Microsoft Azure, formerly known as Windows Azure, is Microsoft's public cloud computing platform. It provides a range of cloud services, including those for compute, analytics, storage and networking. Users can pick and choose from these services to develop and scale new applications, or run existing applications, in the public cloud
Azure for DR and backup
Just as they can with other public cloud platforms, some organizations use Azure for data backup and disaster recovery (DR). In addition, some organizations use Azure as an alternative to their own data center. Rather than invest in local servers and storage, these organizations choose to run some, or all, of their business applications in Azure.
To ensure availability, Microsoft has Azure data centers located around the world. As of July 2018, Microsoft Azure services are available in 54 regions, spread across 140 countries. As not all services are available in all regions, Azure users must ensure that workload and data storage locations comply with all prevailing compliance requirements or other legislation.
Azure pricing and costs
As with other public cloud providers, Azure primarily uses a pay-as-you-go pricing model that charges based on usage. However, if a single application uses multiple Azure services, each service might involve multiple pricing tiers. In addition, if a user makes a long-term commitment to certain services, such as compute instances, Microsoft offers a discounted rate.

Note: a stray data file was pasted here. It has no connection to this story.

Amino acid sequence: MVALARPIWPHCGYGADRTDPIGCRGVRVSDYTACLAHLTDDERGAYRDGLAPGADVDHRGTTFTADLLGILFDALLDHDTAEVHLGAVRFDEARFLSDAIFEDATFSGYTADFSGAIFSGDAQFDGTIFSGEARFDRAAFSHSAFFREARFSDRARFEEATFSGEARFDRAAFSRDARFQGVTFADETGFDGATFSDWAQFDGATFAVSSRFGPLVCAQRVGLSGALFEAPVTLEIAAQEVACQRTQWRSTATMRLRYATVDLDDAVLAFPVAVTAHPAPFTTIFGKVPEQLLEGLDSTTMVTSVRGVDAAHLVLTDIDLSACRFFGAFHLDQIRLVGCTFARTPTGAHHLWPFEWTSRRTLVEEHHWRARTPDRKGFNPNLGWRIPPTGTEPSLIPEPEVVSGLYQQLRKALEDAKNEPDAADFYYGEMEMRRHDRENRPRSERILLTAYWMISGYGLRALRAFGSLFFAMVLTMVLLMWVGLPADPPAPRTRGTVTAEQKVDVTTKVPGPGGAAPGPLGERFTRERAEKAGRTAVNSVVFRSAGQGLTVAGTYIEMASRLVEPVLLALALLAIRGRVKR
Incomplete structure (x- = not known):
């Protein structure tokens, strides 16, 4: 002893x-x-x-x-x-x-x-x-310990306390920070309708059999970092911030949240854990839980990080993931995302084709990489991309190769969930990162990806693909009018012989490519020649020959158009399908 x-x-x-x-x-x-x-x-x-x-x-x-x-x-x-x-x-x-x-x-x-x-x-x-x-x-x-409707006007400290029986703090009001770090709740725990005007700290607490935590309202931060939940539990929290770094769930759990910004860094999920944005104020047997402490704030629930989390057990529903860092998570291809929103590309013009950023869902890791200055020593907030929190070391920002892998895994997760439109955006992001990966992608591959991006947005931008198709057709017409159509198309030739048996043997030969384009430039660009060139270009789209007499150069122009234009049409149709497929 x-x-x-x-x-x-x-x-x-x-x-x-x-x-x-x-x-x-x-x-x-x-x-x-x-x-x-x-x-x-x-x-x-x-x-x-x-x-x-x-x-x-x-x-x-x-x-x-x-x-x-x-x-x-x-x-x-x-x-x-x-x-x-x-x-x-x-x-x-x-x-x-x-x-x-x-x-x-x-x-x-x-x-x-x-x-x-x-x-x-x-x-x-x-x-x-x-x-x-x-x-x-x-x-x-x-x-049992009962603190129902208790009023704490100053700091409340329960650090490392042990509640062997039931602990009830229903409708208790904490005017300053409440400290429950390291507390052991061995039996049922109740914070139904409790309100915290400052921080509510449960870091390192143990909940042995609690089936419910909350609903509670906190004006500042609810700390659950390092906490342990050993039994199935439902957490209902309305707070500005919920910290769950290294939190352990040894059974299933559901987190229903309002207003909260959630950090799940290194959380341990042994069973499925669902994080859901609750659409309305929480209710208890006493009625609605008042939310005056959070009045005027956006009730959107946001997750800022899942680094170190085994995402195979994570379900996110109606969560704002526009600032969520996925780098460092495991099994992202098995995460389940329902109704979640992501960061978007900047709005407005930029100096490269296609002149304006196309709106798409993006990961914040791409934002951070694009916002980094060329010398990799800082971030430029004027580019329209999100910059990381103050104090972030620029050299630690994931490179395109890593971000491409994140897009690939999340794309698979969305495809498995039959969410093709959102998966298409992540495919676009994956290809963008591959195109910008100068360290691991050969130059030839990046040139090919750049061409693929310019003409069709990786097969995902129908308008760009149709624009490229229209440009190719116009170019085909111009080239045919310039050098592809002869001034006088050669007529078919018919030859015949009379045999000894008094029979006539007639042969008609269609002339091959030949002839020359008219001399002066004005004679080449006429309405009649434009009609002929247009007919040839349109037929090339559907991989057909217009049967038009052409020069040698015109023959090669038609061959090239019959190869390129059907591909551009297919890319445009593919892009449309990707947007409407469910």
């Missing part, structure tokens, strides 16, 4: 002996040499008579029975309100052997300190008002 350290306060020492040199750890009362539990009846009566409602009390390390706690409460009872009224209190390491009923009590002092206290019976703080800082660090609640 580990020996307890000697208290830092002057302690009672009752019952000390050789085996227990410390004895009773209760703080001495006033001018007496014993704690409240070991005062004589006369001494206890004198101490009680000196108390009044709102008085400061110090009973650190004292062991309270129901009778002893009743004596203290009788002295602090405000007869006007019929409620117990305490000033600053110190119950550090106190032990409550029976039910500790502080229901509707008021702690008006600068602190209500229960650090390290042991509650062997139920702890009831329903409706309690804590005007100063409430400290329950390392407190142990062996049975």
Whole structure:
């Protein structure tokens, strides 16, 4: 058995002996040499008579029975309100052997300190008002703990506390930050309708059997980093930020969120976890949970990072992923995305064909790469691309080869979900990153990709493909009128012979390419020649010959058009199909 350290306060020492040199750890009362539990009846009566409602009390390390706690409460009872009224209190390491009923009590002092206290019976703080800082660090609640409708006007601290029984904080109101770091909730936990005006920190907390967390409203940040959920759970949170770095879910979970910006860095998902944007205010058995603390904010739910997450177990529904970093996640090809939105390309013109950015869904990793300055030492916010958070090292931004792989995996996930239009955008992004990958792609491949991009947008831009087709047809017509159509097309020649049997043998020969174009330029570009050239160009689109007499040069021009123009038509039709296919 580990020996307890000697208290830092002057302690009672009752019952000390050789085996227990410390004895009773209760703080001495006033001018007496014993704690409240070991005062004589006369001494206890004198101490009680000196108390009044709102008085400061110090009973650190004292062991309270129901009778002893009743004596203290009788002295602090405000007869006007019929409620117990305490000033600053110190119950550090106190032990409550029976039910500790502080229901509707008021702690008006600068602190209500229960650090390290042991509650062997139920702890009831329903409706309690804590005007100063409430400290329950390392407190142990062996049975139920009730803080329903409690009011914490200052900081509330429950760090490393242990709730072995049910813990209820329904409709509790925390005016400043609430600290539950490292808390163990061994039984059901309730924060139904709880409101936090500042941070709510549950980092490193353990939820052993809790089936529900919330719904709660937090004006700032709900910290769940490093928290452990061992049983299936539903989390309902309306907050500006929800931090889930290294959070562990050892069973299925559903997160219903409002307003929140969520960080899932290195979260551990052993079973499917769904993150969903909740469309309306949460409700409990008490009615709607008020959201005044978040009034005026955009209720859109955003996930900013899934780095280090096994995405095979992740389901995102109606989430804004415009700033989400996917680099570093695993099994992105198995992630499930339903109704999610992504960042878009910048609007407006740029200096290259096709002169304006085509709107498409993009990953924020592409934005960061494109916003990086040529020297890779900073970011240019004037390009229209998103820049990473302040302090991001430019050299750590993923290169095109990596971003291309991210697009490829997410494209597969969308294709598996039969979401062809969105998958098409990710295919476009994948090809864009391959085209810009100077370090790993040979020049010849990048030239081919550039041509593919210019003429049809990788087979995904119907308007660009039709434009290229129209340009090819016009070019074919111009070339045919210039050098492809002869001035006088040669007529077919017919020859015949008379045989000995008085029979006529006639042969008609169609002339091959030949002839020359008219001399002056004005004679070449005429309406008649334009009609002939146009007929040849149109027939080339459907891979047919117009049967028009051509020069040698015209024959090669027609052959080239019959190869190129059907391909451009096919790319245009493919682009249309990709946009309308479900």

Given the many factors involved in cloud service pricing, an organization should review and manage its cloud usage to minimize costs. Azure-native tools, such as Azure Cost Management, can help to monitor, visualize and optimize cloud spend. It's also possible to use third-party tools, such as Cloudability or RightScale, to manage Azure resource usage and associated costs.
Microsoft Azure is one of several major public cloud service providers operating on a large global scale. Other major providers include Google Cloud Platform (GCP), Amazon Web Services (AWS) and IBM.
Currently, there is a lack of standardization among cloud services or capabilities -- meaning no two cloud providers offer the same service in the exact same way, using the same APIs or integrations. This makes it difficult for a business to use more than one public cloud provider to pursue a multi-cloud strategy, although, third-party cloud management tools can reduce some of these challenges.